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Combining Transcranial Direct Current Stimulation and Transcutaneous Electrical Nerve Stimulation to Relieve Persistent Pain in a Patient Suffering from Complex Regional Pain Syndrome: A Case Report

Authors Houde F, Harvey MP, Tremblay Labrecque PF, Lamarche F, Lefebvre A, Leonard G

Received 10 August 2019

Accepted for publication 24 December 2019

Published 2 March 2020 Volume 2020:13 Pages 467—473


Checked for plagiarism Yes

Review by Single anonymous peer review

Peer reviewer comments 2

Editor who approved publication: Dr Michael A Überall

Francis Houde, 1– 3 Marie-Philippe Harvey, 1, 3 Pierre-François Tremblay Labrecque, 1, 3 Francis Lamarche, 1, 3 Alexandra Lefebvre, 1, 3 Guillaume Leonard  1, 3

1Research Center on Aging, CIUSSS de l’Estrie - CHUS, Université de Sherbrooke, Sherbrooke, Québec, Canada; 2Research Center of the Centre hospitalier universitaire de Sherbrooke (CHUS), CIUSSS de l’Estrie – CHUS, Université de Sherbrooke, Sherbrooke, Québec, Canada; 3Faculté de Médecine et des Sciences de la Santé, Université de Sherbrooke, Québec, Canada

Correspondence: Guillaume Leonard
Centre de recherche sur le vieillissement, CIUSSS de l’Estrie - CHUS, 1036, rue Belvédère Sud, Sherbrooke, Québec J1H 4C4, Canada
Tel +1 (819) 829-7131 ext. 45246
Fax +1 (819) 820-6864

Purpose: Complex regional pain syndrome (CRPS) is a rare neuropathic pain condition characterized by sensory, motor and autonomic alterations. Previous investigations have shown that transcranial direct current stimulation (tDCS) and transcutaneous electrical nerve stimulation (TENS) can alleviate pain in various populations, and that a combination of these treatments could provide greater hypoalgesic effects. In the present case report, we describe the effect of tDCS and TENS treatment on pain intensity and unpleasantness in a patient suffering from chronic CRPS.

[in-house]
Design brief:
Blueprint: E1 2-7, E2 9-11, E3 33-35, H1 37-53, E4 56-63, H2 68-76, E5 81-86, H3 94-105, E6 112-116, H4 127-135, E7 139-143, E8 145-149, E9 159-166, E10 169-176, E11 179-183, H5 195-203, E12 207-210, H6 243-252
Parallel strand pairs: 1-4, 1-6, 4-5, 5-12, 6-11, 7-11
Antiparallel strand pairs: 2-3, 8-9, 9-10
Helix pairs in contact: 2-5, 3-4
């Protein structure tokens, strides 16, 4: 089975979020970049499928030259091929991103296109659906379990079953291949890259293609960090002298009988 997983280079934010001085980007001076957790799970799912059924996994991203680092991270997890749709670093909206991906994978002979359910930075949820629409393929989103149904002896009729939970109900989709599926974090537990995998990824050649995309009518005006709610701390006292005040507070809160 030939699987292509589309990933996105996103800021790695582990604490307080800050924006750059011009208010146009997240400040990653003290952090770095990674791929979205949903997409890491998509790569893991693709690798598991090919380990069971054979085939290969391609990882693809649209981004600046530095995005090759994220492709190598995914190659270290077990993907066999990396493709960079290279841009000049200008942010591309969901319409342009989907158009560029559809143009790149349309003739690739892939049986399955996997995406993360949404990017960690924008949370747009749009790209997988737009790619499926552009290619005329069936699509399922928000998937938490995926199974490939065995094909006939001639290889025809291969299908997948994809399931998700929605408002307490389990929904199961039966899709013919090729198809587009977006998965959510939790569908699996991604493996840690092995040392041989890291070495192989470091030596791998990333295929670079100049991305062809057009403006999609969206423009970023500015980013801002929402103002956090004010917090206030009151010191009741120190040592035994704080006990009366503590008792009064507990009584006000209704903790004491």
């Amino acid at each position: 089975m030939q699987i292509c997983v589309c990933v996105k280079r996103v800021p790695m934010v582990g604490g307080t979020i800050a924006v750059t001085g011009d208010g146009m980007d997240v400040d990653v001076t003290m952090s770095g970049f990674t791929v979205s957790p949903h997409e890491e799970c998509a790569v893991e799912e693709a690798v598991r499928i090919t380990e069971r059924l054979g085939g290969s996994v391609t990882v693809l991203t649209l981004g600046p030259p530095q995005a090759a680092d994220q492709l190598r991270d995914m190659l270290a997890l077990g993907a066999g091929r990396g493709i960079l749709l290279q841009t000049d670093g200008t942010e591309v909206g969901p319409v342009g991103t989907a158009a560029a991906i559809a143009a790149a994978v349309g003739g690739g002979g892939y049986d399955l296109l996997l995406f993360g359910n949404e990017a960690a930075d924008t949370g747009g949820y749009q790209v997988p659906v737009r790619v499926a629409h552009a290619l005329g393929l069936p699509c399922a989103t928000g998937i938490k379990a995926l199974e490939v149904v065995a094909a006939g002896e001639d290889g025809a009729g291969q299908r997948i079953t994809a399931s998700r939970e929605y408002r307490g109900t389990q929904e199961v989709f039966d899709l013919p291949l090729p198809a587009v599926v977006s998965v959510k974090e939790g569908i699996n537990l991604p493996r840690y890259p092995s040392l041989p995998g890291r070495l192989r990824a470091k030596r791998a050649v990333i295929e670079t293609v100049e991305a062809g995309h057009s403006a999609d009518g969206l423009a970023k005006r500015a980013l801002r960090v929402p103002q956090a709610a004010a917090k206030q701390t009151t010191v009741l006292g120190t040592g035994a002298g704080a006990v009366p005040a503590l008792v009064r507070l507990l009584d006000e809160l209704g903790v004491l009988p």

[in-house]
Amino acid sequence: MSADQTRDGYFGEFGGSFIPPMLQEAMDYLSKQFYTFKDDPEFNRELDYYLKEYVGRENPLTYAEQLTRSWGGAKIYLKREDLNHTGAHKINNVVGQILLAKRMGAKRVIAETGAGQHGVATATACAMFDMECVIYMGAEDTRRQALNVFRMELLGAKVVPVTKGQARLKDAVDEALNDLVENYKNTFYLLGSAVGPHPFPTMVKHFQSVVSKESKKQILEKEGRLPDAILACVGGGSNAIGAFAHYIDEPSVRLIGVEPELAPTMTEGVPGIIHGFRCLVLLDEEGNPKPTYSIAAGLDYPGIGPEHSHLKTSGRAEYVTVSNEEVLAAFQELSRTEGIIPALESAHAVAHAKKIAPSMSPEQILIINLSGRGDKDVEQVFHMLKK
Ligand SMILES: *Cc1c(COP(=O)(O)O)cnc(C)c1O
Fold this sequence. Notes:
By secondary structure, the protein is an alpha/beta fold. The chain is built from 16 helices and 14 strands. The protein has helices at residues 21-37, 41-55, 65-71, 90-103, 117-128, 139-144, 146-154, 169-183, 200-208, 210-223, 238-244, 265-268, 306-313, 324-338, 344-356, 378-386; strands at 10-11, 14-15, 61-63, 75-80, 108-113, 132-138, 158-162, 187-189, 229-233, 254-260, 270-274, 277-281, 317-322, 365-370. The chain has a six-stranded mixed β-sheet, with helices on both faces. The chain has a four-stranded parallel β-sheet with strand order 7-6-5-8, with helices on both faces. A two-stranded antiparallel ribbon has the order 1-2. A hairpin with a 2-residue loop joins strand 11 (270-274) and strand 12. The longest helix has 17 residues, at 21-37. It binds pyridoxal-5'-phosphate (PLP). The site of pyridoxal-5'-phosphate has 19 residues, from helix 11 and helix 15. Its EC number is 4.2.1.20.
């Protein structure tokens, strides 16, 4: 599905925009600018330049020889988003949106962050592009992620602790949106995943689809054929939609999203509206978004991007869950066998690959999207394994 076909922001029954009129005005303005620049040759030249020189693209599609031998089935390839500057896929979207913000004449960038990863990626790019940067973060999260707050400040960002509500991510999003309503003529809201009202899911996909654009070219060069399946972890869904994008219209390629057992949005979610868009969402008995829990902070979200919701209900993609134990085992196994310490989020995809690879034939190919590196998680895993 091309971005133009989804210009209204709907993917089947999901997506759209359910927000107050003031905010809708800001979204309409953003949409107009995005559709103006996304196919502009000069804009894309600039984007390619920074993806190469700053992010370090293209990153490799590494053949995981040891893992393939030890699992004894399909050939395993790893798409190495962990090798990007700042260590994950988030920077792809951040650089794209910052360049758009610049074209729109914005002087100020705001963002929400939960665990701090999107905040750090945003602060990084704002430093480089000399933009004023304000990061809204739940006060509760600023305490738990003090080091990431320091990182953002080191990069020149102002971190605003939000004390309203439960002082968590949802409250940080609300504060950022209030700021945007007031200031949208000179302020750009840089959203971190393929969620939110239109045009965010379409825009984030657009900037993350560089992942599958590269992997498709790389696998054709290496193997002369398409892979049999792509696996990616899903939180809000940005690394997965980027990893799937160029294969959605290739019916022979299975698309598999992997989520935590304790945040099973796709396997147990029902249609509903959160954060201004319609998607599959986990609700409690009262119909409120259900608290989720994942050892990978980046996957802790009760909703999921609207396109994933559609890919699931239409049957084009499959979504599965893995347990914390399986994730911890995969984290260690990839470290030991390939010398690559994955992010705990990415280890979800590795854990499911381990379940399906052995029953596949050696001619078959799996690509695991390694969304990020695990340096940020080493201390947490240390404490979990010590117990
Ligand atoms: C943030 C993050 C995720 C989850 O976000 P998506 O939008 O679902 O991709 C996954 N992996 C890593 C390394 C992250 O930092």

Results: The patient was a 37-year-old woman, suffering from left lower limb CRPS (type I) for more than 5 years. Despite medication (pregabalin, tapentadol, duloxetine), rehabilitation treatments (sensorimotor retraining, graded motor imagery) and spinal cord stimulation (SCS), the participant reported moderate to severe pain. Treatments of tDCS alone (performed with SCS turned off during tDCS application, 1 session/day, for 5 consecutive days) did not significantly decrease pain. Combining tDCS with TENS (SCS temporarily turned off during tDCS, 1 session/day, for 5 consecutive days) slightly reduced pain intensity and unpleasantness.
Discussion: Our results suggest that combining tDCS and TENS could be a therapeutic strategy worth investigating further to relieve pain in chronic CRPS patients. Future studies should examine the efficacy of combined tDCS and TENS treatments in CRPS patients, and other chronic pain conditions, with special attention to the cumulative and long-term effects and its effect on function and quality of life.

Keywords: chronic pain, neuropathic pain, electrotherapy, peripheral electrical stimulation, peripheral nerve stimulation, non-invasive brain stimulation

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